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TEMPEST

What is TEMPEST

Tempest approvedTEMPEST is an acronym for Telecommunications Electronics Material Protected from Emanating Spurious Transmissions. It pertains to technical security countermeasures, standards, and instrumentation that prevent or minimize the exploitation of vulnerable data communications equipment by technical surveillance or eavesdropping.


Electromagnetic fields

Any device with a microchip generates an electromagnetic field, often called a “compromising emanation” by security experts. With the proper surveillance equipment, these emanations can be intercepted and the signal reconstructed and analyzed. Unprotected equipment can, in fact, emit a signal into the air like a radio station—and nobody wants to risk his or her job and a whole lot more by broadcasting national security or trade secrets to the wrong people.


Vulnerable devices

Some of the most vulnerable devices are speakerphones, printers, fax machines, scanners, external disc drives, and other high-speed, high-bandwidth peripherals. If the snoop is using a high-quality interception device, your equipment’s signals can be acquired up to several hundred feet away.

For example

Arguably one of the most vulnerable pieces of equipment is an analog VGA monitor. If a spy were to introduce a Trojan into your system, he or she could monitor and store key presses and passwords used during the day. When the system’s not in use at night, the spy could pulse the VGA screen with grayscale images that have a strong signal at particular frequencies. VGA uses single-ended signaling that has a high common-mode emission level not protected by cable shielding, and it’s possible to monitor these signals outside the secure zone using a radio receiver. Even without a Trojan, a sophisticated receiver located nearby picks up and views what’s on the VGA monitor.

National Security Agency

In the last 40 years, the (American) National Security Agency (NSA) has taken several industry measurement standards and greatly beefed them up. These enhanced criteria are commonly referred to as the TEMPEST standards (although the NSA also calls them EMSEC standards, short for “emissions security”).  TEMPEST disciplines involve designing circuits to minimize emanations and the application of appropriate shielding, grounding, and bonding.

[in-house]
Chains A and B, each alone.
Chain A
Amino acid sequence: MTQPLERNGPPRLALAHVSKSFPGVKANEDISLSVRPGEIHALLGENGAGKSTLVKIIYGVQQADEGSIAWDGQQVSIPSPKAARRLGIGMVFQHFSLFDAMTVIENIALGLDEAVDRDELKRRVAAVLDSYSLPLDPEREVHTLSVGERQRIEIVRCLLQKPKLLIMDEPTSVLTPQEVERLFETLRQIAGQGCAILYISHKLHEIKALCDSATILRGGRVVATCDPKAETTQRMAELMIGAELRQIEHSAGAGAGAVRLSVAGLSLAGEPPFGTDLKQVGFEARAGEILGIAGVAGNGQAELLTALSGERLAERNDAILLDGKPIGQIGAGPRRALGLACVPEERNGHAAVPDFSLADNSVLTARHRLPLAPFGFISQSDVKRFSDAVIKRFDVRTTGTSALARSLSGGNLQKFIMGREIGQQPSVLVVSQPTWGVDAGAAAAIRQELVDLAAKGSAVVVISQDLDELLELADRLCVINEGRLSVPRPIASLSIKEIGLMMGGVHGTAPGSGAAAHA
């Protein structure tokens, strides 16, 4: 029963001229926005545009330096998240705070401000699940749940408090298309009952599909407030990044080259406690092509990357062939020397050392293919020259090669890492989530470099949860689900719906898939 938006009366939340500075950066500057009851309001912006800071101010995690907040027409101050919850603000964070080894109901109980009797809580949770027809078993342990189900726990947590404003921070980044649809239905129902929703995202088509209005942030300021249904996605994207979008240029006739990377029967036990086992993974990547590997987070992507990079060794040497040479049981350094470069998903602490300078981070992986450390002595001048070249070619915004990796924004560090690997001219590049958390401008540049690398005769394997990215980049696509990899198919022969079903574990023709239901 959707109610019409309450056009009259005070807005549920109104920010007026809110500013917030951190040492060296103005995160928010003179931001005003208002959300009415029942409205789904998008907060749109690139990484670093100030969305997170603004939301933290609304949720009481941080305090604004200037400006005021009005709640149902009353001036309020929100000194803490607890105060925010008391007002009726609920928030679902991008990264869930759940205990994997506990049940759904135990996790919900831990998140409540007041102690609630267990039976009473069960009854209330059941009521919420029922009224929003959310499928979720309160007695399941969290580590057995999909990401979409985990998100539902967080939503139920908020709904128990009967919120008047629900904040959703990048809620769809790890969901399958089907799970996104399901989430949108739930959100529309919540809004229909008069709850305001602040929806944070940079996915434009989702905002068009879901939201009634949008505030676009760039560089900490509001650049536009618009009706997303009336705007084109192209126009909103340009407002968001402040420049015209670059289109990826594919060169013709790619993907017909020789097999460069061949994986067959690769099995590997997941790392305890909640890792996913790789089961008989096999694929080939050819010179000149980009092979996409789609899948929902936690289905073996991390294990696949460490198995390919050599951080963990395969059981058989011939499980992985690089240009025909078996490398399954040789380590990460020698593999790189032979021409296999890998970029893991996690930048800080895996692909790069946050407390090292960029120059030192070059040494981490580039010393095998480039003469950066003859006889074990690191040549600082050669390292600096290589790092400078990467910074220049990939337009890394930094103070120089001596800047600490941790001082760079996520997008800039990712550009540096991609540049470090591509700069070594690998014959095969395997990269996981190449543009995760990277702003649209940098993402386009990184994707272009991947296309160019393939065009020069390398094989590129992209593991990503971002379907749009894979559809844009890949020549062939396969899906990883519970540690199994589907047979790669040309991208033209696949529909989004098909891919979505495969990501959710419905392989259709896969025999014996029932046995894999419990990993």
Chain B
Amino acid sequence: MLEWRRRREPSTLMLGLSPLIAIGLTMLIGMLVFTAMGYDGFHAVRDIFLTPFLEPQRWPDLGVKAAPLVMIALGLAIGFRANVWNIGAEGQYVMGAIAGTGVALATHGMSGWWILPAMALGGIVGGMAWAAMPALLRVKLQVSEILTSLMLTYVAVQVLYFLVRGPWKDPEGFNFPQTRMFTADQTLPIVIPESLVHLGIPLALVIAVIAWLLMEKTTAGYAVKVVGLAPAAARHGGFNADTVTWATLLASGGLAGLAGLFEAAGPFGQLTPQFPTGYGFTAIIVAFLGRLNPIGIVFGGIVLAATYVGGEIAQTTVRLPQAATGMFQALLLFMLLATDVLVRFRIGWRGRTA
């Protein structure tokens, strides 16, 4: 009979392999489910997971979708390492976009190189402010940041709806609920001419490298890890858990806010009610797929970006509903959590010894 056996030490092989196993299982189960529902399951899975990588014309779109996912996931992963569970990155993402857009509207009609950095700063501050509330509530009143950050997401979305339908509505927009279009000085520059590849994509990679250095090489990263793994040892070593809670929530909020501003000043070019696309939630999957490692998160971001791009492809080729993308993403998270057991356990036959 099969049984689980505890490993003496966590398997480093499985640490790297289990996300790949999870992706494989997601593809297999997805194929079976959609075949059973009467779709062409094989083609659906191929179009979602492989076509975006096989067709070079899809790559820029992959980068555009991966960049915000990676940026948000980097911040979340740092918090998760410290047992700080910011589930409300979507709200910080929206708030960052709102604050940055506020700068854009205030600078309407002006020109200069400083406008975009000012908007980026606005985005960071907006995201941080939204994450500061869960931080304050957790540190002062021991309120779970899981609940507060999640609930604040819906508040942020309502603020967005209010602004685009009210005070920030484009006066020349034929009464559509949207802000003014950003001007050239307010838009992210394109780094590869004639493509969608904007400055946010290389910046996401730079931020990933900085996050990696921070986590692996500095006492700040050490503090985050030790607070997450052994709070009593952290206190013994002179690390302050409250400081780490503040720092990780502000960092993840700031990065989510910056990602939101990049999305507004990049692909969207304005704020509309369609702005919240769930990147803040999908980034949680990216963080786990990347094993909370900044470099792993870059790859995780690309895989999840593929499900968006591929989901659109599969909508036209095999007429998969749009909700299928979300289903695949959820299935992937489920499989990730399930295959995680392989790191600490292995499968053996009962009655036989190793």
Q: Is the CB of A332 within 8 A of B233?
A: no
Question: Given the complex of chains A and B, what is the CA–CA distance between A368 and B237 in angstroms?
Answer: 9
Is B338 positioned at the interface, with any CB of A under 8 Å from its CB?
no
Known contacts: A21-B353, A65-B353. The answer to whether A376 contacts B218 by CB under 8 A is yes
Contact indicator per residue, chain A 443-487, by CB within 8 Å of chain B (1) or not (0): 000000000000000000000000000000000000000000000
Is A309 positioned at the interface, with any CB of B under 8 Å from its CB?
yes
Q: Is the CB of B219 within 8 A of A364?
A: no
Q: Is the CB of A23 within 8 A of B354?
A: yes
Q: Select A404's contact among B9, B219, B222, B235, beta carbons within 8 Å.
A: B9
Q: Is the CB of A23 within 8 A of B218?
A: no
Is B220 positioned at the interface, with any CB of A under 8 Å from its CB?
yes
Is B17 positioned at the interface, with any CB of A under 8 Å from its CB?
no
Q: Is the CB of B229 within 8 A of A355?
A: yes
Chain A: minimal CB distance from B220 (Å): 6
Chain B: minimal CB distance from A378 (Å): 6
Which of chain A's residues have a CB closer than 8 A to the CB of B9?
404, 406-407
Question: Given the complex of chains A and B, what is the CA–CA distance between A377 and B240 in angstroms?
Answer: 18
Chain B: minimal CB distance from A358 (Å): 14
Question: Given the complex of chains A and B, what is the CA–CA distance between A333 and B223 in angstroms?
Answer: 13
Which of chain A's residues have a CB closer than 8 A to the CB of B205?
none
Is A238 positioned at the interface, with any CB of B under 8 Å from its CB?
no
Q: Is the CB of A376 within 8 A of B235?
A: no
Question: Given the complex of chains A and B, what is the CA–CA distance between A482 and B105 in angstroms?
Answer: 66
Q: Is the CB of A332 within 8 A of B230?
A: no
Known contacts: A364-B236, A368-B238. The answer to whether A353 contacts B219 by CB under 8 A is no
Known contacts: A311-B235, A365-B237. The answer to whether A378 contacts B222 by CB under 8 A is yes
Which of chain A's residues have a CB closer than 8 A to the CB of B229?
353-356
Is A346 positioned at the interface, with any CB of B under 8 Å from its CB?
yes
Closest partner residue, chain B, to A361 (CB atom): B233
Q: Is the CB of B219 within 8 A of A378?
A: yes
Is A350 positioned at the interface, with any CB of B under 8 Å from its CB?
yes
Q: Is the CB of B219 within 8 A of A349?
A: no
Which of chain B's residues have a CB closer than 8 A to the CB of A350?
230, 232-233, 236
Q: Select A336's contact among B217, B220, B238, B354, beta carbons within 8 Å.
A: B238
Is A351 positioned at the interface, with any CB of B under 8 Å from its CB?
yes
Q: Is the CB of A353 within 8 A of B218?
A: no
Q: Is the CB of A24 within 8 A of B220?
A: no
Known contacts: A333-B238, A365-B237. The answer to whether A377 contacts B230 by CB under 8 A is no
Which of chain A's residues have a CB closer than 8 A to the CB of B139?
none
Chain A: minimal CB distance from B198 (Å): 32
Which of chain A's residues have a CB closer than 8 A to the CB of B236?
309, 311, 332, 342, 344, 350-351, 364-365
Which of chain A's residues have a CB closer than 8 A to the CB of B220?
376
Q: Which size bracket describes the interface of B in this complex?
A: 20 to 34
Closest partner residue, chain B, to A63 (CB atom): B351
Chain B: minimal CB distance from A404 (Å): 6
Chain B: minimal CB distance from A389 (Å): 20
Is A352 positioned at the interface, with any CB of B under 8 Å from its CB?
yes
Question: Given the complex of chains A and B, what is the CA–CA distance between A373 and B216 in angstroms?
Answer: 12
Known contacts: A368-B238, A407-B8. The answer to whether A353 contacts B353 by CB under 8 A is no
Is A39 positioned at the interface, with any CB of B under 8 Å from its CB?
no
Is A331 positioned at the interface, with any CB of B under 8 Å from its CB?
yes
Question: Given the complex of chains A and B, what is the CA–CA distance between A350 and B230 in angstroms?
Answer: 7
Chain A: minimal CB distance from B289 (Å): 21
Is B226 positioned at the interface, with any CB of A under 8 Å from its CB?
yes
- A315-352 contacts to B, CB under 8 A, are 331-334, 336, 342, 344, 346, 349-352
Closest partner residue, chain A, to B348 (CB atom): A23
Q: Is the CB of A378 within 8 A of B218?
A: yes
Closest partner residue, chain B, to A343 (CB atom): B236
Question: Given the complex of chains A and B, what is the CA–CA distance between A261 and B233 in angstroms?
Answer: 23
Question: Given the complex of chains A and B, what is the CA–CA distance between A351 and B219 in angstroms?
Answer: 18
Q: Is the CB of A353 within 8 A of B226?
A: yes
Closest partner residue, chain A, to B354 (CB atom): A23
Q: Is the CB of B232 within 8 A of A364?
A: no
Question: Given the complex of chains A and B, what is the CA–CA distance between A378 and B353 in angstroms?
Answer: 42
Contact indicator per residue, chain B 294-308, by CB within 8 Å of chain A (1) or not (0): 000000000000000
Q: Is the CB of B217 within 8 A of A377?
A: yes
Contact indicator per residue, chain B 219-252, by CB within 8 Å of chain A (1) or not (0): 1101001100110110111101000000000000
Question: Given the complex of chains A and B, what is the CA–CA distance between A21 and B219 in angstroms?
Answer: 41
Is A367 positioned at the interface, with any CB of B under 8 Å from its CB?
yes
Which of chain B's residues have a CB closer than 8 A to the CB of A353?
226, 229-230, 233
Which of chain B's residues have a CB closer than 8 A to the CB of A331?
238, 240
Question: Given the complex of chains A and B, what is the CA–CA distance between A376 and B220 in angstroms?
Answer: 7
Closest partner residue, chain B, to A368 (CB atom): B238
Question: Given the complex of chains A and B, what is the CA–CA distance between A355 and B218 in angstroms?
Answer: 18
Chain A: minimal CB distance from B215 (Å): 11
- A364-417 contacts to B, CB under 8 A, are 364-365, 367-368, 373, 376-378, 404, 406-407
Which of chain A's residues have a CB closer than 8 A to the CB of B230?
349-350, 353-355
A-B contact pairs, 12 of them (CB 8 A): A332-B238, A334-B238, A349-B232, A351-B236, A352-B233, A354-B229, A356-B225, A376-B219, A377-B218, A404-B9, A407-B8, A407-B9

Common Criteria

Common Criteria - Black Box Secure KVM Switches It’s an international standardized process for information technology security evaluation, validation, and certification. The Common Criteria scheme is supported by the (North American) National Security Agency through the National Information Assurance Program (P).


EAL4+: secure from design to distribution

A common set of tests to evaluate the security of an IT product relating to its supply chain, from design and engineering to manufacturing to distribution. This evaluation tests the process of the design, testing, verification, and shipping of new security products. Customers, in turn, can have a level of trust in how a product has been designed, tested, built, and shipped. What this means is the low radiated emissions profile of these switches meets the appropriate requirements for conducted/radiated electromagnetic emissions.

Work field

The TEMPEST designation is required by military organizations. As a security standard, it pertains to technical security countermeasures, standards, and instrumentation that prevent or minimize the exploitation of vulnerable data communications equipment by technical surveillance or eavesdropping.

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